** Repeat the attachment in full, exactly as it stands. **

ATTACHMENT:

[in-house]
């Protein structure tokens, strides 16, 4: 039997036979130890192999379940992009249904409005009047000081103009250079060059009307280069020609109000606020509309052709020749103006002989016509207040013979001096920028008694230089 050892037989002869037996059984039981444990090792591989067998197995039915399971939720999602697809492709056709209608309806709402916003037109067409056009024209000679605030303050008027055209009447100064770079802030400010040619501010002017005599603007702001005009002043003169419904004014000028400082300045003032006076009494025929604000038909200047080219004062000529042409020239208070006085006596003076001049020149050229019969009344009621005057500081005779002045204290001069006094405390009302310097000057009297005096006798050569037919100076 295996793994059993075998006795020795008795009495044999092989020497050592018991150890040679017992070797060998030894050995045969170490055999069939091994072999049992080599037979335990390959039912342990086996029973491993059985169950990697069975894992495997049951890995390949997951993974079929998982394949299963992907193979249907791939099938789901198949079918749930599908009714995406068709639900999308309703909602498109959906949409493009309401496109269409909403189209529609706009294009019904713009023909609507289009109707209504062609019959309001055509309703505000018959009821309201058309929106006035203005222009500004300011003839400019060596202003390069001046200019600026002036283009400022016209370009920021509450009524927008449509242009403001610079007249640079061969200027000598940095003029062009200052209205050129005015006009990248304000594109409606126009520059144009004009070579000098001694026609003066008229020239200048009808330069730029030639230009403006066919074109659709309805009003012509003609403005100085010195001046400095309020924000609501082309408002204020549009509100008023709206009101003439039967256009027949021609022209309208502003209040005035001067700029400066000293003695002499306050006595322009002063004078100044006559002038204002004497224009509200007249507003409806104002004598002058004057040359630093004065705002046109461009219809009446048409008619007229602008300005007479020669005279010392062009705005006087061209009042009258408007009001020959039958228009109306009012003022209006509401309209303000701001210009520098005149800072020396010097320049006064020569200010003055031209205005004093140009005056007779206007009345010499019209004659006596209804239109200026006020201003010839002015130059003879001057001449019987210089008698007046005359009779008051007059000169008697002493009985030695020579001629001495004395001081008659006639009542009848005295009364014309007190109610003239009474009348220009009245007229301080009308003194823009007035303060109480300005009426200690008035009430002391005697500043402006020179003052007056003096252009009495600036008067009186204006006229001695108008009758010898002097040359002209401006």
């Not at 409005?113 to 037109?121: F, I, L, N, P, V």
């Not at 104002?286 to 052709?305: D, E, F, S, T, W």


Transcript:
[in-house]
């Protein structure tokens, strides 16, 4: 039997036979130890192999379940992009249904409005009047000081103009250079060059009307280069020609109000606020509309052709020749103006002989016509207040013979001096920028008694230089 050892037989002869037996059984039981444990090792591989067998197995039915399971939720999602697809492709056709209608309806709402916003037109067409056009024209000679605030303050008027055209009447100064770079802030400010040619501010002017005599603007702001005009002043003169419904004014000028400082300045003032006076009494025929604000038909200047080219004062000529042409020239208070006085006596003076001049020149050229019969009344009621005057500081005779002045204290001069006094405390009302310097000057009297005096006798050569037919100076 295996793994059993075998006795020795008795009495044999092989020497050592018991150890040679017992070797060998030894050995045969170490055999069939091994072999049992080599037979335990390959039912342990086996029973491993059985169950990697069975894992495997049951890995390949997951993974079929998982394949299963992907193979249907791939099938789901198949079918749930599908009714995406068709639900999308309703909602498109959906949409493009309401496109269409909403189209529609706009294009019904713009023909609507289009109707209504062609019959309001055509309703505000018959009821309201058309929106006035203005222009500004300011003839400019060596202003390069001046200019600026002036283009400022016209370009920021509450009524927008449509242009403001610079007249640079061969200027000598940095003029062009200052209205050129005015006009990248304000594109409606126009520059144009004009070579000098001694026609003066008229020239200048009808330069730029030639230009403006066919074109659709309805009003012509003609403005100085010195001046400095309020924000609501082309408002204020549009509100008023709206009101003439039967256009027949021609022209309208502003209040005035001067700029400066000293003695002499306050006595322009002063004078100044006559002038204002004497224009509200007249507003409806104002004598002058004057040359630093004065705002046109461009219809009446048409008619007229602008300005007479020669005279010392062009705005006087061209009042009258408007009001020959039958228009109306009012003022209006509401309209303000701001210009520098005149800072020396010097320049006064020569200010003055031209205005004093140009005056007779206007009345010499019209004659006596209804239109200026006020201003010839002015130059003879001057001449019987210089008698007046005359009779008051007059000169008697002493009985030695020579001629001495004395001081008659006639009542009848005295009364014309007190109610003239009474009348220009009245007229301080009308003194823009007035303060109480300005009426200690008035009430002391005697500043402006020179003052007056003096252009009495600036008067009186204006006229001695108008009758010898002097040359002209401006």
């Not at 409005?113 to 037109?121: F, I, L, N, P, V």
């Not at 104002?286 to 052709?305: D, E, F, S, T, W």